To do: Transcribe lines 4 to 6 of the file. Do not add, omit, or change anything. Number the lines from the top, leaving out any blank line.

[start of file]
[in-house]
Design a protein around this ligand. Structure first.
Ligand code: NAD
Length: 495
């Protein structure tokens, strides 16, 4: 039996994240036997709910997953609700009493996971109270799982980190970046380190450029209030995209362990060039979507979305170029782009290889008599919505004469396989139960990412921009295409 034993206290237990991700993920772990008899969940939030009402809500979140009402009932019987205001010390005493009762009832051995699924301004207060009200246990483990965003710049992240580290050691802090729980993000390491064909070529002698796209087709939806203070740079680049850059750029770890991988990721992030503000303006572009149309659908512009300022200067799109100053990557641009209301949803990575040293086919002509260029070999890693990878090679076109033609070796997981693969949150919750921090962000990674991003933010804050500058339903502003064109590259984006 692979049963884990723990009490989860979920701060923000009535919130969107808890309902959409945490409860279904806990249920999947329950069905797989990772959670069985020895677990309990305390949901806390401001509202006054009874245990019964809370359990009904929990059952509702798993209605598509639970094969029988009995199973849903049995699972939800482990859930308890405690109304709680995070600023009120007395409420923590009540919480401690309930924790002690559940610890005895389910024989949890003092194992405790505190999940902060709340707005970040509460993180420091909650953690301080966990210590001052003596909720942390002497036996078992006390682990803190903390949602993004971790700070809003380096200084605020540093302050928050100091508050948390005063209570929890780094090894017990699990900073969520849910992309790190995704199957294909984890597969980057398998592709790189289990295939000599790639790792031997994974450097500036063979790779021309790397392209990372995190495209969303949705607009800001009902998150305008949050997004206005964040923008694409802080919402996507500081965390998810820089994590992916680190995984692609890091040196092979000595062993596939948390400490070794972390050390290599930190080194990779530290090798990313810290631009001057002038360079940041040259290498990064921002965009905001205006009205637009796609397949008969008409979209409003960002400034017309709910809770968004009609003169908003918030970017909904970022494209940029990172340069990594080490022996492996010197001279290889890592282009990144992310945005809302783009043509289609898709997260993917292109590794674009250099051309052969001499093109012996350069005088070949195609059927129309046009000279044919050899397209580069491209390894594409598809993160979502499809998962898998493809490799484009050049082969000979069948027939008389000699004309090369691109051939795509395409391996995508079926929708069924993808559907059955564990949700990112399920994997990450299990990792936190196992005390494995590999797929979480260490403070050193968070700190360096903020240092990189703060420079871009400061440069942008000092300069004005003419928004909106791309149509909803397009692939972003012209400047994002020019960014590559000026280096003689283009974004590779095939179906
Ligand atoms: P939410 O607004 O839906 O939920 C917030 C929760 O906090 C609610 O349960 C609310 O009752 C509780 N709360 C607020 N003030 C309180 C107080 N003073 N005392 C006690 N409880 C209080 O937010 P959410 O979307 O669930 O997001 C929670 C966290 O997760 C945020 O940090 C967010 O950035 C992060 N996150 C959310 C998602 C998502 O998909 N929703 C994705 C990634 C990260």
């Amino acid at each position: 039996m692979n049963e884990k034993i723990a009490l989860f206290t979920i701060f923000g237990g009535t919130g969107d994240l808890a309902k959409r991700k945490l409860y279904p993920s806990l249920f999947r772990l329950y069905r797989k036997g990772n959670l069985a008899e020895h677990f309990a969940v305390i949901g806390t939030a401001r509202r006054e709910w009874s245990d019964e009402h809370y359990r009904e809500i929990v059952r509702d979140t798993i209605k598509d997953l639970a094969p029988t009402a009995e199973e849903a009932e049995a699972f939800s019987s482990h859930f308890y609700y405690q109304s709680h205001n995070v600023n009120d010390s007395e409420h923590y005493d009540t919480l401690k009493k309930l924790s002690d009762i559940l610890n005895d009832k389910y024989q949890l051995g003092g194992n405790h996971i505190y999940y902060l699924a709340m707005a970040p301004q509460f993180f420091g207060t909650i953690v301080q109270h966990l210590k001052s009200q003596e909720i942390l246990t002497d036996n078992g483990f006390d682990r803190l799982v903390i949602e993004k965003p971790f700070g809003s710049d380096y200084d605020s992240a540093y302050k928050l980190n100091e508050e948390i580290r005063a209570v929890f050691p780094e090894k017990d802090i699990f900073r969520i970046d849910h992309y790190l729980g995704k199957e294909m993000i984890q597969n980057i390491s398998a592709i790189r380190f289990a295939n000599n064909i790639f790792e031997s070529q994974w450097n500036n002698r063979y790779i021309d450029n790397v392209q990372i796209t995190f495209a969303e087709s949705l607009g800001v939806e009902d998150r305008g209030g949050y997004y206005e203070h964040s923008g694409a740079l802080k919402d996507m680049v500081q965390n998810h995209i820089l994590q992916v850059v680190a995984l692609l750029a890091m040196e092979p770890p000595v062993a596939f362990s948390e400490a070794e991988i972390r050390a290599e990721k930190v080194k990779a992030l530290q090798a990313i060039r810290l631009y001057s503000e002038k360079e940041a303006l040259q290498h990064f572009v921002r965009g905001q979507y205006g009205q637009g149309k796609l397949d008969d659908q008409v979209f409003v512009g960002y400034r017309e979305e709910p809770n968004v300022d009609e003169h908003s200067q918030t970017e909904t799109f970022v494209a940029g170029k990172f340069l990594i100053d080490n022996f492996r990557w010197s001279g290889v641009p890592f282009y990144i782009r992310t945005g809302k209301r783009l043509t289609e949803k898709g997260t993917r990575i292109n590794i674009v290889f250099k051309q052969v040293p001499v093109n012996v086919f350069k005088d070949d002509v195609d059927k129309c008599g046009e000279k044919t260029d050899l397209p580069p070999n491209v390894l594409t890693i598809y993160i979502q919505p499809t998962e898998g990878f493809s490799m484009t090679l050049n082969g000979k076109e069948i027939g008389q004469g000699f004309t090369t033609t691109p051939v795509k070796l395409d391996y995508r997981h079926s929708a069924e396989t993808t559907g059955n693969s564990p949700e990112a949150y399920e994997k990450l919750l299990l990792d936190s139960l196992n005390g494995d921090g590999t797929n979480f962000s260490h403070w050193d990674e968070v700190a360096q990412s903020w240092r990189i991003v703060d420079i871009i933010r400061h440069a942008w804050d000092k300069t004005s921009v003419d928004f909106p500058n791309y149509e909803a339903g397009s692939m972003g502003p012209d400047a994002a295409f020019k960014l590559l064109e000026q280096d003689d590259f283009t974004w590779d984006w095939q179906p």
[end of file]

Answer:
Length: 495
């Protein structure tokens, strides 16, 4: 039996994240036997709910997953609700009493996971109270799982980190970046380190450029209030995209362990060039979507979305170029782009290889008599919505004469396989139960990412921009295409 034993206290237990991700993920772990008899969940939030009402809500979140009402009932019987205001010390005493009762009832051995699924301004207060009200246990483990965003710049992240580290050691802090729980993000390491064909070529002698796209087709939806203070740079680049850059750029770890991988990721992030503000303006572009149309659908512009300022200067799109100053990557641009209301949803990575040293086919002509260029070999890693990878090679076109033609070796997981693969949150919750921090962000990674991003933010804050500058339903502003064109590259984006 692979049963884990723990009490989860979920701060923000009535919130969107808890309902959409945490409860279904806990249920999947329950069905797989990772959670069985020895677990309990305390949901806390401001509202006054009874245990019964809370359990009904929990059952509702798993209605598509639970094969029988009995199973849903049995699972939800482990859930308890405690109304709680995070600023009120007395409420923590009540919480401690309930924790002690559940610890005895389910024989949890003092194992405790505190999940902060709340707005970040509460993180420091909650953690301080966990210590001052003596909720942390002497036996078992006390682990803190903390949602993004971790700070809003380096200084605020540093302050928050100091508050948390005063209570929890780094090894017990699990900073969520849910992309790190995704199957294909984890597969980057398998592709790189289990295939000599790639790792031997994974450097500036063979790779021309790397392209990372995190495209969303949705607009800001009902998150305008949050997004206005964040923008694409802080919402996507500081965390998810820089994590992916680190995984692609890091040196092979000595062993596939948390400490070794972390050390290599930190080194990779530290090798990313810290631009001057002038360079940041040259290498990064921002965009905001205006009205637009796609397949008969008409979209409003960002400034017309709910809770968004009609003169908003918030970017909904970022494209940029990172340069990594080490022996492996010197001279290889890592282009990144992310945005809302783009043509289609898709997260993917292109590794674009250099051309052969001499093109012996350069005088070949195609059927129309046009000279044919050899397209580069491209390894594409598809993160979502499809998962898998493809490799484009050049082969000979069948027939008389000699004309090369691109051939795509395409391996995508079926929708069924993808559907059955564990949700990112399920994997990450299990990792936190196992005390494995590999797929979480260490403070050193968070700190360096903020240092990189703060420079871009400061440069942008000092300069004005003419928004909106791309149509909803397009692939972003012209400047994002020019960014590559000026280096003689283009974004590779095939179906
Ligand atoms: P939410 O607004 O839906 O939920 C917030 C929760 O906090 C609610 O349960 C609310 O009752 C509780 N709360 C607020 N003030 C309180 C107080 N003073 N005392 C006690 N409880 C209080 O937010 P959410 O979307 O669930 O997001 C929670 C966290 O997760 C945020 O940090 C967010 O950035 C992060 N996150 C959310 C998602 C998502 O998909 N929703 C994705 C990634 C990260």